Wednesday, July 17, 2013

#Quotes: Quotes from Fyodor Dostoevsky's The Karamazov Brothers [II]

But man seeks to worship what is established beyond dispute, so that all men would agree at once to worship it. For these pitiful creatures are concerned not only to find what one or the other can worship, but to find something that all would believe in and worship; what is essential is that all may be together in it. This craving for community of worship is the chief misery of every man individually and of all humanity from the beginning of time. For the sake of common worship they've slain each other with the sword. They have set up gods and challenged one another, 'Put away your gods and come and worship ours, or we will kill you and your gods!' And so it will be to the end of the world, even when gods disappear from the earth; they will fall down before idols just the same. [278]

For the secret of man's being is not only to live but to have something to live for. [278]

Nothing is more seductive for man than his freedom of conscience, but nothing is a greater cause of suffering. [279]

Hadst Thou taken the world and Caesar's purple, Thou wouldst have founded the universal peace. For who can rule men if not he who holds their conscience and their bread in his hands? [282]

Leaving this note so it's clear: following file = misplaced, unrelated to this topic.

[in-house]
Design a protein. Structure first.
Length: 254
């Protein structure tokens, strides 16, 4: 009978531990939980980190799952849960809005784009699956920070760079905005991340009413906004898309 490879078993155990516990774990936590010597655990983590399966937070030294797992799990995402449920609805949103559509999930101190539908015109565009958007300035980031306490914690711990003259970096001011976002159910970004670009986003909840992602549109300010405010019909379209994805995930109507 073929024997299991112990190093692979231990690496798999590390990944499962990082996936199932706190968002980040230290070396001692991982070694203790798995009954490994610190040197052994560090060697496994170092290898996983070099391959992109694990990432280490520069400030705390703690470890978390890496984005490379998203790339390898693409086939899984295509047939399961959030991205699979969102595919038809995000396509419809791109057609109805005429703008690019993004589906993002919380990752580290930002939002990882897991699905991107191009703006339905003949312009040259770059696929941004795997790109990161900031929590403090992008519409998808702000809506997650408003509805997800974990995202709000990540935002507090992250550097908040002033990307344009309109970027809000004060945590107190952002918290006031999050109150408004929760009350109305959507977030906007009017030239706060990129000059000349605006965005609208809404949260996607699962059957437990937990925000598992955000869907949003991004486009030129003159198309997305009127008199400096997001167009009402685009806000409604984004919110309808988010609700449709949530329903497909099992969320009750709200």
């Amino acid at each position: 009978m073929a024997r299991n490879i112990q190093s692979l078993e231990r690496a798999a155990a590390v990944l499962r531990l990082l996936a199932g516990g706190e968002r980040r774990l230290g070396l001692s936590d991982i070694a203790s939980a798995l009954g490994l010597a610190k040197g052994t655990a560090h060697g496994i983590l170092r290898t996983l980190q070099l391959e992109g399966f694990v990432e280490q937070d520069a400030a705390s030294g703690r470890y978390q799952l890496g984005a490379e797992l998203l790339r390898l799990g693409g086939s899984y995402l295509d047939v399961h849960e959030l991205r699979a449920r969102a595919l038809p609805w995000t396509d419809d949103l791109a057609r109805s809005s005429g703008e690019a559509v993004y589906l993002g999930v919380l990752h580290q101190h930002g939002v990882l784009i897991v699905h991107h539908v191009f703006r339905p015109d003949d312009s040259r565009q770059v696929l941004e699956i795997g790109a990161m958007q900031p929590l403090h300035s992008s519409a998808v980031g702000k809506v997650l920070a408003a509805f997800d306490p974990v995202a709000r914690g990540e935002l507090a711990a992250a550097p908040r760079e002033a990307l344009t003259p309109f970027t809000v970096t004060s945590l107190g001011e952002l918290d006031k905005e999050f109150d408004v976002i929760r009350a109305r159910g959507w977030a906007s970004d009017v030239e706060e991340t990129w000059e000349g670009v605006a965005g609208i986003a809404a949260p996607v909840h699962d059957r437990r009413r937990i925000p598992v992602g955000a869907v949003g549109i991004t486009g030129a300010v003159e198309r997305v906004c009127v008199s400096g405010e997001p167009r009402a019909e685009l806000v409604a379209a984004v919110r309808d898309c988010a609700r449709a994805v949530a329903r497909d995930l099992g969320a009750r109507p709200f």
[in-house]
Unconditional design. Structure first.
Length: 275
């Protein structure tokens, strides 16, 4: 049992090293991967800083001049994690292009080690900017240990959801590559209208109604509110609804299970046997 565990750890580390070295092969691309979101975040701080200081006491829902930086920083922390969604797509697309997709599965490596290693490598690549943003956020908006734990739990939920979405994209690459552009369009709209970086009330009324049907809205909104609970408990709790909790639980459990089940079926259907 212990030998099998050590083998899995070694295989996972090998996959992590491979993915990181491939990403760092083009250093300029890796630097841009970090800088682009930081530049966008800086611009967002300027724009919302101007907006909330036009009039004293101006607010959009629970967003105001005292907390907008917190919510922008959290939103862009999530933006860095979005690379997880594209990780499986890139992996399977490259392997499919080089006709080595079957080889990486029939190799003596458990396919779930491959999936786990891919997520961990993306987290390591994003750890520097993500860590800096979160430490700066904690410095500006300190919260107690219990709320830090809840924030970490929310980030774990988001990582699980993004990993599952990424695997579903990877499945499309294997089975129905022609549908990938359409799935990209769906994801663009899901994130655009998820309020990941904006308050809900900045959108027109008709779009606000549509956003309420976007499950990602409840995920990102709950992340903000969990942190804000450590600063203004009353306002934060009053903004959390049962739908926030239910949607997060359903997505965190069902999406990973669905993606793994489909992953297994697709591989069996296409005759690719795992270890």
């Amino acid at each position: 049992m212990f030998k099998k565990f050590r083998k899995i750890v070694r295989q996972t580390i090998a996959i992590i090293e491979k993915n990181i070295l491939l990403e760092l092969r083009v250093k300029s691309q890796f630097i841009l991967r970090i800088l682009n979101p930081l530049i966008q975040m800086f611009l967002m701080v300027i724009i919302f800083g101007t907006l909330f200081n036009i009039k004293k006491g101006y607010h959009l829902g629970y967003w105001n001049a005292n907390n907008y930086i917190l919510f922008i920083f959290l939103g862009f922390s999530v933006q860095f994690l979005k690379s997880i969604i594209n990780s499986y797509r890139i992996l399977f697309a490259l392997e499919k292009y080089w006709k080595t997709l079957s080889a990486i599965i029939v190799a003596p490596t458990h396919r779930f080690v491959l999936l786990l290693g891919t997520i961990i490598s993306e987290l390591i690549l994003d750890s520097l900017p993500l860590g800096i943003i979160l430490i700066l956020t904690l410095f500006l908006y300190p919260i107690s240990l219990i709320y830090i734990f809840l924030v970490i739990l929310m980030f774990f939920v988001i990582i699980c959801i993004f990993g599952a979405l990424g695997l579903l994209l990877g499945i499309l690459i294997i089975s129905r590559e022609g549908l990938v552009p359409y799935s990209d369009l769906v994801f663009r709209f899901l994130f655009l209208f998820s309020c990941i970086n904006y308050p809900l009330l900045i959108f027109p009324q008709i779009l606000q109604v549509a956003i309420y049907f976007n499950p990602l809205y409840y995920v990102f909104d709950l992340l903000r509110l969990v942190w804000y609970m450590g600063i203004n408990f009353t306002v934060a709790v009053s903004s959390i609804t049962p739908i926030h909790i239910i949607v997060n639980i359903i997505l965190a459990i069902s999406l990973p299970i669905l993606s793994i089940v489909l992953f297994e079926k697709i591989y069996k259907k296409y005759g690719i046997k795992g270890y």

From the house of my childhood I have brought nothing but precious memories, for there are no memories more precious than those of early childhood in one's first home. And that is almost always so if there is any love and harmony in the family at all. Indeed, precious memories may remain even of a bad home, if only the heart knows how to find what is precious. [318]

One who does not not believe in God's people will not believe in God's people. He who believes in God's people will see His Holiness, even though he had not believed in it till then. Only the people and their future spiritual power will convert our atheists., who have torn themselves away from their native soil. [323]

Everywhere in these days men have, in their mockery, ceased to understand that the true security is to be found in social solidarity rather than in isolated individual effort. But this terrible individualism must inevitably have an end, and all will suddenly understand how unnaturally they are separated from one another. [335]

[A] crime committed with extraordinary audacity is more successful than others. [336]

They have science; but in science there is nothing but what is the object of sense. The spiritual world, the higher part of man's being, is rejected altogether, dismissed with a sort of triumph, even with hatred. The world has proclaimed the reign of freedom, especially of late, but what do we see in this freedom of theirs? Nothing but slavery and self-destruction! For the world says: 'You have desires and so satisfy them, for you have the same rights as the most rich and powerful. Don't be afraid of satisfying them and even multiply your desires.' That is the modern doctrine of the world. In that they see freedom. And what follows from this right of multiplication of desires? In the rich, isolation and spiritual suicide; in the poor, even and murder; for they have been given rights, but have not been shown the means of satisfying their wants. [346]